"Now the players really believe that, yeah, he is terrific and he won five times last year, whatever it was, and he was really good, but he was beatable," Miller said during a Monday teleconference with reporters. "Before it was like if he had his ‘A’ game, you could just kiss [the tournament] off; it wasn't going to happen.
"He was just so much better than everybody and so much better under pressure and so much better on Sundays and so much better in the majors it was not a fair fight," Miller added. "Now it's a fair fight."
Tiger booster Notah Begay reluctantly concurred.
"I think his game has come back down to earth a little bit," said Miller’s fellow commentator, noting that the airing of his former Stanford teammate’s personal issues changed everything, inside and outside the ropes.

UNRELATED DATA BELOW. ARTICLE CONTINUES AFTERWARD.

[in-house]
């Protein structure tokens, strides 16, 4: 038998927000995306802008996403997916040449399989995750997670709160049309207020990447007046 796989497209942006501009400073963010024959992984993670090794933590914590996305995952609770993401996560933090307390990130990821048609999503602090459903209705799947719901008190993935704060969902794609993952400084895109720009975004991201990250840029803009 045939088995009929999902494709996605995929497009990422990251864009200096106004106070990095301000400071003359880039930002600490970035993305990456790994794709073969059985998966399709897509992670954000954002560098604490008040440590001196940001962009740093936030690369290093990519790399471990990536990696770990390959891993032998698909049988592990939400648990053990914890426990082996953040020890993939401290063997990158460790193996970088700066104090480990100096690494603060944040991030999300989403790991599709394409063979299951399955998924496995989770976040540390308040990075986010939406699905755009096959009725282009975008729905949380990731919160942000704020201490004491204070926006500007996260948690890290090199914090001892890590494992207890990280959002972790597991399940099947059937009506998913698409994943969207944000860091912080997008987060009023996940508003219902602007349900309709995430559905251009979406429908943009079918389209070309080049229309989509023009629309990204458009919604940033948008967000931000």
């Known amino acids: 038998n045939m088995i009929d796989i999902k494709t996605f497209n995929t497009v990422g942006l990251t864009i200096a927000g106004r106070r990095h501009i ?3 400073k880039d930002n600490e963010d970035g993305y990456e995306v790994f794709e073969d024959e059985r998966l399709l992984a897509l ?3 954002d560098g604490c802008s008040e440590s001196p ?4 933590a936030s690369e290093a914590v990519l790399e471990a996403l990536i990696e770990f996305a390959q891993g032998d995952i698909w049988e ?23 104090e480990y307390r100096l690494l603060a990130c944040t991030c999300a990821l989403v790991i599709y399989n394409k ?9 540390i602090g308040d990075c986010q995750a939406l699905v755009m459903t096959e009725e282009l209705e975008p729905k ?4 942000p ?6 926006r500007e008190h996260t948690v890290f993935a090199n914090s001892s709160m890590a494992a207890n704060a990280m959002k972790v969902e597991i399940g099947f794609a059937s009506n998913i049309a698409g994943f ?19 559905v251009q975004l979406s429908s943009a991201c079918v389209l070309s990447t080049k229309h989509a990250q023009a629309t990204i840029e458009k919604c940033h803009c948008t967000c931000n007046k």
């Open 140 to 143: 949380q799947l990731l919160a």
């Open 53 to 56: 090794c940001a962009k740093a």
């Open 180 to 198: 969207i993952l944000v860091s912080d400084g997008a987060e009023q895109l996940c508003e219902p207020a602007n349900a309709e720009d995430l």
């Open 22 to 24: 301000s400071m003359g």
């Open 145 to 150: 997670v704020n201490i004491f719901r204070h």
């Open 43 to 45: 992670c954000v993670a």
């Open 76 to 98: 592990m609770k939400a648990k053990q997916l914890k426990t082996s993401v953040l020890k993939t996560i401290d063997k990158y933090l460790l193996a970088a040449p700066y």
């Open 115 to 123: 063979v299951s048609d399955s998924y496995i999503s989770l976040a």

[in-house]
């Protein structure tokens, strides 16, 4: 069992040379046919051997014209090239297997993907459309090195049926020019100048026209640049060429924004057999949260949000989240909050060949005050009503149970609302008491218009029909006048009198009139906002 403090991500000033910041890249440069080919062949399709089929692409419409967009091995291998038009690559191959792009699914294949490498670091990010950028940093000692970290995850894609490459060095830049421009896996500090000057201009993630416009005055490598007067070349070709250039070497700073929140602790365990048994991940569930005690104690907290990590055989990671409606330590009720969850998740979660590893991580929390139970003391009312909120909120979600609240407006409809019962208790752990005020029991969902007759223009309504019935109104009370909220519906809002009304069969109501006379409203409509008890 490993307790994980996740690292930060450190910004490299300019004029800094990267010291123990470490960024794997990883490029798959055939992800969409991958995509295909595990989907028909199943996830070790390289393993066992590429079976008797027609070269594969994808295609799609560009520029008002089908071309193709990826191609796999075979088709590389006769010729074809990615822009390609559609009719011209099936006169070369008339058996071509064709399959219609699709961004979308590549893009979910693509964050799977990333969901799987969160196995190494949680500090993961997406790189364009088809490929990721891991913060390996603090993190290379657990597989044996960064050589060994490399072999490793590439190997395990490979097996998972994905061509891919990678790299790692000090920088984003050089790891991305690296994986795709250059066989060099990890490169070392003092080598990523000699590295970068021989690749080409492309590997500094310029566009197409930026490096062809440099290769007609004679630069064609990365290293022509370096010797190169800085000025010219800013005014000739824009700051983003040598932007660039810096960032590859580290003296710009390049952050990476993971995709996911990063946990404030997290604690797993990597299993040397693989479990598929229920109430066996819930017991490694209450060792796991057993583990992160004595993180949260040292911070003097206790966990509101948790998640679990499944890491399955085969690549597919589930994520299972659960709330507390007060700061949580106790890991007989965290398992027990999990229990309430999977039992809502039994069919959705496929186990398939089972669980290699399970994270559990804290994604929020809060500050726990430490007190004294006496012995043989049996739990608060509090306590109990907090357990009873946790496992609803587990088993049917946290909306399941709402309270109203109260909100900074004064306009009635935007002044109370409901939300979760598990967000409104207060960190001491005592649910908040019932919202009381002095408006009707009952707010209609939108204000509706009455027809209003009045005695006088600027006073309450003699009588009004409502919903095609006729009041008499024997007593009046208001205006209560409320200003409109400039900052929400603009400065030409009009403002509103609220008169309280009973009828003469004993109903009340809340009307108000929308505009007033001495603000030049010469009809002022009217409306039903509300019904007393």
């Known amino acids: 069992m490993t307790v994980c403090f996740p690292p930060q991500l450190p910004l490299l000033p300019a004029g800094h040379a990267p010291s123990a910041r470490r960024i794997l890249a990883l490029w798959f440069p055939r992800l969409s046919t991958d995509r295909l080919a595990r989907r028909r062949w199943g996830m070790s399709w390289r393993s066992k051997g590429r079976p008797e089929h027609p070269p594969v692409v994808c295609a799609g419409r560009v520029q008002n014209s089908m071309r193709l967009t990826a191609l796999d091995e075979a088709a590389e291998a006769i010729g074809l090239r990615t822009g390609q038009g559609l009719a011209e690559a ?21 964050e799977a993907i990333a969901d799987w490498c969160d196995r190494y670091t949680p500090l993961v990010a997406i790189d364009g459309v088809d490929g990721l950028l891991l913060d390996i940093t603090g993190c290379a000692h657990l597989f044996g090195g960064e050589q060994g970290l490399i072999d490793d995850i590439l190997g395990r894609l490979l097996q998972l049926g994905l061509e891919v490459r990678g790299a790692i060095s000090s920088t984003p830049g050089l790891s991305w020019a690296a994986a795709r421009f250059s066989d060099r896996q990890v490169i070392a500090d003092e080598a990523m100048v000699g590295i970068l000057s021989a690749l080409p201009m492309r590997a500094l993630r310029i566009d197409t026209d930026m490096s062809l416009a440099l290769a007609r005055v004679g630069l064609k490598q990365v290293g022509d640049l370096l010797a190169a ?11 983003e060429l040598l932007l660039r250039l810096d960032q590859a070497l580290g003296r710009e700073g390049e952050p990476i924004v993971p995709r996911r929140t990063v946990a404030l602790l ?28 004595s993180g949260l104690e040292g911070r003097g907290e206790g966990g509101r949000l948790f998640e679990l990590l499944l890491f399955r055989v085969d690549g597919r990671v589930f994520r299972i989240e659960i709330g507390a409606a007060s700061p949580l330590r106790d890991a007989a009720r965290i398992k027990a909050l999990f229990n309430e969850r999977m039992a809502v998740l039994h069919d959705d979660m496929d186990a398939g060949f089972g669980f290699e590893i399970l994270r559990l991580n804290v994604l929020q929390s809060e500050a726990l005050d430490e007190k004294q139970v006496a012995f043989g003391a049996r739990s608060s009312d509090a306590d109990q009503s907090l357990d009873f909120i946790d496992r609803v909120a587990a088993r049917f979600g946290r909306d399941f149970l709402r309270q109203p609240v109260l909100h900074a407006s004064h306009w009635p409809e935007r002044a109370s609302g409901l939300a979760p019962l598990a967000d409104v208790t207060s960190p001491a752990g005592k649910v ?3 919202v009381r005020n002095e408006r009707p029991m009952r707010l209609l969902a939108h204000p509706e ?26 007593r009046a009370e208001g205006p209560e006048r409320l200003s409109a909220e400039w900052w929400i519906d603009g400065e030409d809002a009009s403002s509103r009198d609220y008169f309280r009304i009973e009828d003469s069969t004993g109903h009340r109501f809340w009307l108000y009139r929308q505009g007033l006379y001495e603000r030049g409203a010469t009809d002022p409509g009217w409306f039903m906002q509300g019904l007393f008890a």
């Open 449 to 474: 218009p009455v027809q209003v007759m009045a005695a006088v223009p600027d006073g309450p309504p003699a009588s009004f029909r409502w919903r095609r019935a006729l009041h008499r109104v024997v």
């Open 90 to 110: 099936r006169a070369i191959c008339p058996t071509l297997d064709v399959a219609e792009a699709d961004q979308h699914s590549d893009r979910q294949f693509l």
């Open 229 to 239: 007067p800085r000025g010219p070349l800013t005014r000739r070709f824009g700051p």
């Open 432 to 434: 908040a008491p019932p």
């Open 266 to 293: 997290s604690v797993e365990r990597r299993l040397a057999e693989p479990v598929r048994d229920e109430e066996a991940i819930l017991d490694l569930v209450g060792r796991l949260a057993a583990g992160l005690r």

"I do think he has the ability to create that separation, and he doesn't necessarily have to have his ‘A’ game, but it used to be that he could be somewhat off of his game and still finish in the top 10," Begay said. "His top-10 performances over the last two or three years, they're not as high of a percentage as they were prior to the scandal."
Last month’s Farmers Insurance Open was certainly a case in point. The defending champion appeared at Torrey Pines in search of his ninth overall win on a venue he had vanquished over the years and, instead, looked as rusty as he had ever been on his way to equaling his second-worst score as a professional. Woods, in Dubai, pointed to lack of practice following his horrid 72-71-79 performance at Torrey that included finding just 43 percent of fairways and 55 percent of greens, as well as compiling a negative strokes gained-putting stat, all of which led to his first-ever 54-hole missed cut.
"It's just part of the process," he told reporters in the Emirates. "I took a long break there and didn't really do anything much. Just trying to get my body organized ... Now just need to get the game to come around."